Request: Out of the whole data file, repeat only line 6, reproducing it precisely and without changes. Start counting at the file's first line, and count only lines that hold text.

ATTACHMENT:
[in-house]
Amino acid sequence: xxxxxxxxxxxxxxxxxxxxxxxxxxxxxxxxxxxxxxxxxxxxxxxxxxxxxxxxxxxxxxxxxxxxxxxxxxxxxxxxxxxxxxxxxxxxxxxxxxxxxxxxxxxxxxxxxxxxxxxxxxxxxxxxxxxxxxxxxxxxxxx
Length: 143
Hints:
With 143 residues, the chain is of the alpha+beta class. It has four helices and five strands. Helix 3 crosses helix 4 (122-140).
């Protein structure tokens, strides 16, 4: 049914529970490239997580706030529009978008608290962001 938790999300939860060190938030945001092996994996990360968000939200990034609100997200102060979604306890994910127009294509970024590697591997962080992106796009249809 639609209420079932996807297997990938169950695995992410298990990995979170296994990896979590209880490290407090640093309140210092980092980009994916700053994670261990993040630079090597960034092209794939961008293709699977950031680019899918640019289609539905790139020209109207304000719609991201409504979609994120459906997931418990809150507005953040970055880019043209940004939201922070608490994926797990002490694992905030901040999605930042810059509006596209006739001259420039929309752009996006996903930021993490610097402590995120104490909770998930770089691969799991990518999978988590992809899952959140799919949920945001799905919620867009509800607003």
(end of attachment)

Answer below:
């Protein structure tokens, strides 16, 4: 049914529970490239997580706030529009978008608290962001 938790999300939860060190938030945001092996994996990360968000939200990034609100997200102060979604306890994910127009294509970024590697591997962080992106796009249809 639609209420079932996807297997990938169950695995992410298990990995979170296994990896979590209880490290407090640093309140210092980092980009994916700053994670261990993040630079090597960034092209794939961008293709699977950031680019899918640019289609539905790139020209109207304000719609991201409504979609994120459906997931418990809150507005953040970055880019043209940004939201922070608490994926797990002490694992905030901040999605930042810059509006596209006739001259420039929309752009996006996903930021993490610097402590995120104490909770998930770089691969799991990518999978988590992809899952959140799919949920945001799905919620867009509800607003």